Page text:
The Hostess With The Mostest

photo: jparadisi

It was a Saturday, my weekend “on” at the infusion clinic. Weekends are hit or miss: only a few patients needing daily IV antibiotics, or as busy as a weekday shift, which is how busy this shift was. My nurse colleagues, clever and cheerful, kept the mood of the shift lighthearted, however.

I don’t know if our positive attitudes contributed, or if it was the other way around, because our patients were also lighthearted. Considering we were spending a Saturday together in an oncology clinic, this speaks volumes about the resiliency of the human spirit.

On a whim, during a lull in the morning we served our patients buttered toast and juice. It was a modest, spontaneous celebration received with joy.

The shift ran long. Expected at a friend’s home for bubbles and small plates, I rushed to get ready.

I have written before: I don’t go out much.

Do other nurses find the sudden transformation from duty to party as unsettling as I do? A quick shower to remove any bacteria hitching a ride home from work; applying a new red lipstick to enliven my poor face that’s been up since O’Dark-Thirty, forcing my feet from comfy clogs into black pumps after standing on them for an eight-hour shift. Looking at the results in a mirror, I felt like a magician.

I’m glad I made the effort. My friend is The Hostess With The Mostest, and the party was fabulous, with platters of delicate finger foods, and chilled, sparkling wines. The guests were glamorous. I saw old friends, and met new ones. It was fun.

That particular Saturday, work and home life melded into a full day of celebration: first at work with colleagues and patients, then again in the evening with friends.

 “Let us be grateful to people who make us happy; they are the charming gardeners who make our souls blossom.” – Marcel Proust

Hospitals Are Not Restaurants

A Blank List photo: jparadisi 2012

My horoscope says today is a good day for diversion, but I disagree. This is one of those mornings I wake up with a to do list forming in my head, which means I am already behind. One of the things on the list is writing this post. Be charitable as you read it; I haven’t finished my coffee yet.

This feeling of being behind before the day begins is familiar in our home. David, a hospital pharmacist, and I work the same weekends, and this weekend we both worked the Saturday, Sunday, Monday stretch. For some reason, all hospitals I’m familiar with staff units lighter on weekends: no unit secretary, linens are not delivered, IT support is unavailable. Pharmacy has less support, meaning nursing waits for medications to arrive; everything slows down.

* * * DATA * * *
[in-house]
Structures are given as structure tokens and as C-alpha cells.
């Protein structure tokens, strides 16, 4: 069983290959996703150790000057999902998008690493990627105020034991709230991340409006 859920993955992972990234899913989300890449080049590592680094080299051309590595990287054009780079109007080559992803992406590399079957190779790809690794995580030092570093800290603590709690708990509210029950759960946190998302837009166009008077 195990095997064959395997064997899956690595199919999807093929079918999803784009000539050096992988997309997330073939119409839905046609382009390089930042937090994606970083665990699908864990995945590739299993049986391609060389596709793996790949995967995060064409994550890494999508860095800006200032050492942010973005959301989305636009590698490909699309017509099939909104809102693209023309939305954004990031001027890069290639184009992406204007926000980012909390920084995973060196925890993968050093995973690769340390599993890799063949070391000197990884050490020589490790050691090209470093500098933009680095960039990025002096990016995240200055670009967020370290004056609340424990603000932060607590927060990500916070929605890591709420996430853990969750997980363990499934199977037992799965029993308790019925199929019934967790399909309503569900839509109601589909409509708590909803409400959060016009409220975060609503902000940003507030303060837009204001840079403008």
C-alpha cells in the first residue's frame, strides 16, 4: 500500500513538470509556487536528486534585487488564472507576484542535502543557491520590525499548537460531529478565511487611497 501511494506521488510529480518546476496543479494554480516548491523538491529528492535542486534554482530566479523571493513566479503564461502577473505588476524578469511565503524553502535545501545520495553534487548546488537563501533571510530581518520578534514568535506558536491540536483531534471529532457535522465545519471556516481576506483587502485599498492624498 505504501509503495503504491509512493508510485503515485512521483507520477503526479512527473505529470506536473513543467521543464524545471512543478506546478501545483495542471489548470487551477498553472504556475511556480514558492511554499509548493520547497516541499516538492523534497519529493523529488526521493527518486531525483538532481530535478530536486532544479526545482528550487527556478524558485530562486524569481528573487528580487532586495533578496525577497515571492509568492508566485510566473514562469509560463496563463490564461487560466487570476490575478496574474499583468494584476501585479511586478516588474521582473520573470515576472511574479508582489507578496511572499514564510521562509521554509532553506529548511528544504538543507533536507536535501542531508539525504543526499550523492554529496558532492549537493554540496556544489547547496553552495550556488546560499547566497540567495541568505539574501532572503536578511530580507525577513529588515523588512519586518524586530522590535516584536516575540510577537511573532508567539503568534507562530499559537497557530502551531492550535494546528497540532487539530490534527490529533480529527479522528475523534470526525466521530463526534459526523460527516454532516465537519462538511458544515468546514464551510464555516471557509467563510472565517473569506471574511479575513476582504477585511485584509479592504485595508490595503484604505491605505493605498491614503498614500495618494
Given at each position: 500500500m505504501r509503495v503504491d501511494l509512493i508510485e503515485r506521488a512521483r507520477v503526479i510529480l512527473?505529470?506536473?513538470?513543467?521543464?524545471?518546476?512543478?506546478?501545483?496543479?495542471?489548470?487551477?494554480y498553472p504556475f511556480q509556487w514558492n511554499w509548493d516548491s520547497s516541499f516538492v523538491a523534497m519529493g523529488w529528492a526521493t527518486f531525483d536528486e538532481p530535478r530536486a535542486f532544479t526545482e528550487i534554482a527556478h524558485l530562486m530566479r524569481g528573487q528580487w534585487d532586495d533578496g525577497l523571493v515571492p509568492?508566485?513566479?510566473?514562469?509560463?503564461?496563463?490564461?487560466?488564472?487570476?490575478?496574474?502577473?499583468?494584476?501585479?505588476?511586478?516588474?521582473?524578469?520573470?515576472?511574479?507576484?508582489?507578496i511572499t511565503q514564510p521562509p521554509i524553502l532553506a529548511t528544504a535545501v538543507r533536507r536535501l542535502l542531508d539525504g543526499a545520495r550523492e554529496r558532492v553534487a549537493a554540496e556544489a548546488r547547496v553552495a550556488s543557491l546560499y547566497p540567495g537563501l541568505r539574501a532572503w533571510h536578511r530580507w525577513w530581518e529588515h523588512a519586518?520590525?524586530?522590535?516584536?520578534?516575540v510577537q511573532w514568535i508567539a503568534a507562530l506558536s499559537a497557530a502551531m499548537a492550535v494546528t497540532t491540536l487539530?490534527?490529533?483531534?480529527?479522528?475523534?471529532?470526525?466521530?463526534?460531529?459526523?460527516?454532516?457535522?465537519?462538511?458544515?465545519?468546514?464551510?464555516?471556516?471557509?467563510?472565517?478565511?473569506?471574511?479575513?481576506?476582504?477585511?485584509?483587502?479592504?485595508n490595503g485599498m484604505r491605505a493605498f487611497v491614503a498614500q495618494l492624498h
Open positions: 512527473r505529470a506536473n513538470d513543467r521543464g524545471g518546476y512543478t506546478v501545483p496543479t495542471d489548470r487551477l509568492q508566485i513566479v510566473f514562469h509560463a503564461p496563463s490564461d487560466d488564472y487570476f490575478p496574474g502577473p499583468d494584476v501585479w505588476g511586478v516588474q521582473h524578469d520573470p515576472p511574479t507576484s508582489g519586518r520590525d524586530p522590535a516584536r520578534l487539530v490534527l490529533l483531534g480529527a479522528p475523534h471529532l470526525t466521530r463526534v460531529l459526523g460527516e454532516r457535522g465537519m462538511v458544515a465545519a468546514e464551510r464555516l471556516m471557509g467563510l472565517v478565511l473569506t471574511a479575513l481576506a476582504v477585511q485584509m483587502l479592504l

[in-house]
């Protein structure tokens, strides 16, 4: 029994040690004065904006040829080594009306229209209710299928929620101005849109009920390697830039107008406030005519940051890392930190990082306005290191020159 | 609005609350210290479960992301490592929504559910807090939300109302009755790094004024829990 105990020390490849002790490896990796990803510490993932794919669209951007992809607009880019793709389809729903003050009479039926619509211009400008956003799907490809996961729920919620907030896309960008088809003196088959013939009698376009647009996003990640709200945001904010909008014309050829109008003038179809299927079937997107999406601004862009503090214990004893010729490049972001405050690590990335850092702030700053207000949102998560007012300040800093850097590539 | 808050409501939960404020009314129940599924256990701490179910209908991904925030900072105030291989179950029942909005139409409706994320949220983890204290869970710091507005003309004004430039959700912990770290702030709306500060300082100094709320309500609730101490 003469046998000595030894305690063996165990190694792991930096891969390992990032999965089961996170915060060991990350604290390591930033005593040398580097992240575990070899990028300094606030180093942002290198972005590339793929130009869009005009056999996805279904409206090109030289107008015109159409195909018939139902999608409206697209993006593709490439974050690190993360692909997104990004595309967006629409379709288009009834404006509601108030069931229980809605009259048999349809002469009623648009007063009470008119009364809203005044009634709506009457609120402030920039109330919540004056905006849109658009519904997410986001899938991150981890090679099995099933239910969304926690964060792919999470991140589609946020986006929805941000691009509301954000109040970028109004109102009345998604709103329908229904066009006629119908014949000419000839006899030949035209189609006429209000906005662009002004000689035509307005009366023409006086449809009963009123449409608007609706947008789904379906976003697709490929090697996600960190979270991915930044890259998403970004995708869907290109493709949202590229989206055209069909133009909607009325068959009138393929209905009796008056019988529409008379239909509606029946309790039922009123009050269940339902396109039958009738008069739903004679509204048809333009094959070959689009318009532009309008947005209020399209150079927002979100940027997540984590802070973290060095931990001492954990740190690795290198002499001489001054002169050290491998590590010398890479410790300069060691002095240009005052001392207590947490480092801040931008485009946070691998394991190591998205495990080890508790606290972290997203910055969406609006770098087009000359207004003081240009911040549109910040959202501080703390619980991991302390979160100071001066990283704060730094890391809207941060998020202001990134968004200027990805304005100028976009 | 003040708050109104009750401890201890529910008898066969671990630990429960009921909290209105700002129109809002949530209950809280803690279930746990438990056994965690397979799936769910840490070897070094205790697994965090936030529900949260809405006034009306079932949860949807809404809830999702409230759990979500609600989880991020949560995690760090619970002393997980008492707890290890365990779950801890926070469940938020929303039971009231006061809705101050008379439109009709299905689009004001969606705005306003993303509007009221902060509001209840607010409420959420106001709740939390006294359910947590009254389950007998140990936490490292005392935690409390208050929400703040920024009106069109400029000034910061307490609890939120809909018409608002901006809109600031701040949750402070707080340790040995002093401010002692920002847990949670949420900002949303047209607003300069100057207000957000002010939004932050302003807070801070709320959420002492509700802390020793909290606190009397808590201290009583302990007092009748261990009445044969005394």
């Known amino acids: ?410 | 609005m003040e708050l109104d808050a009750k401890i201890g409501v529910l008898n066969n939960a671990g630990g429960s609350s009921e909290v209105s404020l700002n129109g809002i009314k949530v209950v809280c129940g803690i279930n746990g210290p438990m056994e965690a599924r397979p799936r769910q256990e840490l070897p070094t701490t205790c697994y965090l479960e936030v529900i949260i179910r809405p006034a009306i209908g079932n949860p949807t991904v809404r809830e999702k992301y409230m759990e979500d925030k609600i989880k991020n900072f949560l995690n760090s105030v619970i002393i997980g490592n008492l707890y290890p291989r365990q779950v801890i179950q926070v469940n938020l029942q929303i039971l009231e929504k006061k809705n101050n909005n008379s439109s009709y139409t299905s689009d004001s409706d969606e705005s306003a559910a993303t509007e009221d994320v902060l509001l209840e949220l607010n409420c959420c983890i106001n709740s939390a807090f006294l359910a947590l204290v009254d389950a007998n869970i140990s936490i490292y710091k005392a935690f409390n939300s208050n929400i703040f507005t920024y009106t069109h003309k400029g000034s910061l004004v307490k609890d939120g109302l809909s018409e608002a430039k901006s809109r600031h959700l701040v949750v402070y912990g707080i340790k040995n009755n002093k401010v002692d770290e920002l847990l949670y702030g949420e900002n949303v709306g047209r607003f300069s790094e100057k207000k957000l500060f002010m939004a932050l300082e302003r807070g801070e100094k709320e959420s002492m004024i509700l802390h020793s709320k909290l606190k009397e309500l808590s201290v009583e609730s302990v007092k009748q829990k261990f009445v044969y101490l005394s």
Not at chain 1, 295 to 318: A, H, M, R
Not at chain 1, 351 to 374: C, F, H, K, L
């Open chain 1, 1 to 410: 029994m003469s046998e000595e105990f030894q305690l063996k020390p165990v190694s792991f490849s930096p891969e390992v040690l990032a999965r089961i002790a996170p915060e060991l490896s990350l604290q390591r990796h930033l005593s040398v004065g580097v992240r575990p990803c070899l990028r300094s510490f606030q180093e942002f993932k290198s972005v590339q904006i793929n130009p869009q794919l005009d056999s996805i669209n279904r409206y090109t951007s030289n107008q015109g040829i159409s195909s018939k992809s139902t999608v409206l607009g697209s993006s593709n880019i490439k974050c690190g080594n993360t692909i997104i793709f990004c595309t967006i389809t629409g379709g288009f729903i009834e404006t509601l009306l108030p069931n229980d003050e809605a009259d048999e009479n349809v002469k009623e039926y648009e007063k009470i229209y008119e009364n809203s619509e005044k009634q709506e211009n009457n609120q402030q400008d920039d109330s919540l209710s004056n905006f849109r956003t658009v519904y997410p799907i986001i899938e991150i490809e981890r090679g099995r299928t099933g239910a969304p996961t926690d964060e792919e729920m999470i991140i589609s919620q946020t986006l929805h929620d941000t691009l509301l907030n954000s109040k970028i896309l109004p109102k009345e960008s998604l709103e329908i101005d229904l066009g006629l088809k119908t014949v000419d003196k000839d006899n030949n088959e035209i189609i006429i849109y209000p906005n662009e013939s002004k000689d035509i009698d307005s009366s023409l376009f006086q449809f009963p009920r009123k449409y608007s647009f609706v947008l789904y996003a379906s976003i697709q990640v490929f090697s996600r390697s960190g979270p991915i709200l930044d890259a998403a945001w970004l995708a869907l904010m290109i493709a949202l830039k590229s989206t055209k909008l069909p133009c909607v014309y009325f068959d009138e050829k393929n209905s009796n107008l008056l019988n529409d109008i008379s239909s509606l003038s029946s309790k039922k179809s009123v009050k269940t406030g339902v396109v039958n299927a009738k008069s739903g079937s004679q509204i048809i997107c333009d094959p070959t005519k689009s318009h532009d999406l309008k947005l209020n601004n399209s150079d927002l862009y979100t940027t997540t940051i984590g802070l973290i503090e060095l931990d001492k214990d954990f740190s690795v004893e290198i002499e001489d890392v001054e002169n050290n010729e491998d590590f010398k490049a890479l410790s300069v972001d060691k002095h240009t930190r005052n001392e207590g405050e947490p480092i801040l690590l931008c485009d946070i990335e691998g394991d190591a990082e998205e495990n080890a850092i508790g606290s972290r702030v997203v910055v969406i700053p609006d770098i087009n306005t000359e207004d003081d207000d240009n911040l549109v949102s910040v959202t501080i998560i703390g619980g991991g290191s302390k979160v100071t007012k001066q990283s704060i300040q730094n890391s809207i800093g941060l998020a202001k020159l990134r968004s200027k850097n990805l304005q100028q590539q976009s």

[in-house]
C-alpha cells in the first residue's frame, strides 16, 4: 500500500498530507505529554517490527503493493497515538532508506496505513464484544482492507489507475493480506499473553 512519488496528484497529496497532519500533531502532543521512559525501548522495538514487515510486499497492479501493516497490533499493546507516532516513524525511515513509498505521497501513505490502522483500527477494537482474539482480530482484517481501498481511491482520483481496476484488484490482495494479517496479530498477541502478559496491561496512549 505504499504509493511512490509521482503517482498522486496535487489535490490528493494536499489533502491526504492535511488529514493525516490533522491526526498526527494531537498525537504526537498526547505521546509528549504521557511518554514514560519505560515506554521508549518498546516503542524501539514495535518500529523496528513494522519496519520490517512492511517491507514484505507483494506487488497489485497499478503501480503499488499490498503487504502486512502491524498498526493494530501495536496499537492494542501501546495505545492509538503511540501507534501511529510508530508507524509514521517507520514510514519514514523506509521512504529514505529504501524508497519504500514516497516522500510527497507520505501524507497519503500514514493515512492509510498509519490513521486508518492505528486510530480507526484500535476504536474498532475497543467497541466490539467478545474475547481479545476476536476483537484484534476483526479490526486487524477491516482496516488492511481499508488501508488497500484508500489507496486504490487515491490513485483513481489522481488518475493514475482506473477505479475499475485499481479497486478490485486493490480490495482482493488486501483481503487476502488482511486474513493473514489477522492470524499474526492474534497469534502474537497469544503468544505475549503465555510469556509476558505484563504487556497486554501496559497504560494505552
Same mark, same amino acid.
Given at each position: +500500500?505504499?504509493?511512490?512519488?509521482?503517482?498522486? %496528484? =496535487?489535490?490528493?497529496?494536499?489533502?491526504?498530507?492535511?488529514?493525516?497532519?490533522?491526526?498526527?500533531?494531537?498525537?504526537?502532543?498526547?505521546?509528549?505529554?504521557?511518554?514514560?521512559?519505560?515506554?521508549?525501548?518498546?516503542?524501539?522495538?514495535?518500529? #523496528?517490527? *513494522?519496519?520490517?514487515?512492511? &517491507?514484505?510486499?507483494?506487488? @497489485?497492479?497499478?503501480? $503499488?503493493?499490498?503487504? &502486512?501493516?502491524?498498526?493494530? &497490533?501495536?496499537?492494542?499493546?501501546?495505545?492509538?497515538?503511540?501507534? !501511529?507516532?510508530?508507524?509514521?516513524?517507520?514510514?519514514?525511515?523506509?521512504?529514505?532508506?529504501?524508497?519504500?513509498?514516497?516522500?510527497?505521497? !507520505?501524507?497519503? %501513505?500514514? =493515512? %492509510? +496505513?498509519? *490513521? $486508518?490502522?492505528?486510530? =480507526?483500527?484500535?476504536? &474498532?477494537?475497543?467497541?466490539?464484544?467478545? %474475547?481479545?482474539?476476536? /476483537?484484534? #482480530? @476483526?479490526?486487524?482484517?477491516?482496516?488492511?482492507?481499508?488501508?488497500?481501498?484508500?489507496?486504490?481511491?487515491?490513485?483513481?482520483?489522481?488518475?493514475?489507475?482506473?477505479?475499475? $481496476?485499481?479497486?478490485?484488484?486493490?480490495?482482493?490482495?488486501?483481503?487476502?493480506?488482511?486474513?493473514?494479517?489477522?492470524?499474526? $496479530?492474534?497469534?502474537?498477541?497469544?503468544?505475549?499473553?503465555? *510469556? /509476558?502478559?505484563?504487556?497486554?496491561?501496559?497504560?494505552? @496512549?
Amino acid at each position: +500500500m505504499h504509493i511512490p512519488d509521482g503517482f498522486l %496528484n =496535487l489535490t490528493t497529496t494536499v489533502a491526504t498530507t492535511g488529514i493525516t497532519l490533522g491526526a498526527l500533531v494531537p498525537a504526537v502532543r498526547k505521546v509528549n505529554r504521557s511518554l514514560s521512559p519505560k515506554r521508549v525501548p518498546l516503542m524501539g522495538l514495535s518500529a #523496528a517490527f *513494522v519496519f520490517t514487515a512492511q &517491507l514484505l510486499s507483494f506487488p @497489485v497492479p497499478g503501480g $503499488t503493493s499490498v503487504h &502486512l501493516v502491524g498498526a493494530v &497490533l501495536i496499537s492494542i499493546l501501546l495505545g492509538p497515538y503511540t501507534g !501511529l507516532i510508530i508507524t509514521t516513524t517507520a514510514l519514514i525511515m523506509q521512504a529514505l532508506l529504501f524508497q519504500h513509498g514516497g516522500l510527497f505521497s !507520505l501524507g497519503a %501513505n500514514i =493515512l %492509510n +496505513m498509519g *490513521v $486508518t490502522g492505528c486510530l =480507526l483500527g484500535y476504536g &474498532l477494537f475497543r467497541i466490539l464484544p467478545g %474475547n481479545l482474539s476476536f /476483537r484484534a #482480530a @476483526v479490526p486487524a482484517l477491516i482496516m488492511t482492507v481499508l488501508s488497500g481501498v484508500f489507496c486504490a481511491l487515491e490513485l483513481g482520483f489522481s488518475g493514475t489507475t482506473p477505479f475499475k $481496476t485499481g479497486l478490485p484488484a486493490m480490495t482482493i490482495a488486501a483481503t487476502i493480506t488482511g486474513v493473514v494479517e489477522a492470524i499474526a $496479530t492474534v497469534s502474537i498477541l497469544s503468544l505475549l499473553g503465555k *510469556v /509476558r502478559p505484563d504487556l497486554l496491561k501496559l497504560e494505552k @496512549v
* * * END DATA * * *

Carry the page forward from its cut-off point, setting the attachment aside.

This mindset is a puzzlement. Why would weekends be more or less busy in a hospital than any other day of the week as if they are restaurants?  I’ve worked in food service. For restaurants, happy hours and dinners are consistently busier on Fridays and Saturdays than weekdays. Restaurants catering to the business lunch crowd are understandably busier Monday through Fridays.

People do not schedule how sick they are going to be according to the day of the week.

Granted, most doctors’ offices are closed, and surgeries are usually not scheduled on weekends. I get that. However, this leads to the proviso that people who are admitted for hospitalization are too critical to wait until Monday for surgery or treatment. Trauma and sepsis do not wait until the doctor is in. They keep the weekend health care team pretty damn busy.

I’m not complaining, just pointing out a reality of life in health care, by way of explaining today, our first day off, both David and I are feeling a little frazzled. The evidence of this is on our dining room table. Rather than a place for a leisurely, home cooked meal, over the weekend it has become a catchall for the implements of our trades: his messenger bag, my tote. Both of our notebooks charge quietly, their green LED lights reflected in the luster of the table’s finish. Valentine’s Day cards, still without a permanent home, remain on the table.  Although our home is a disorganized mess, there is love.

We’re out of food though. Add a grocery store run to the to do list.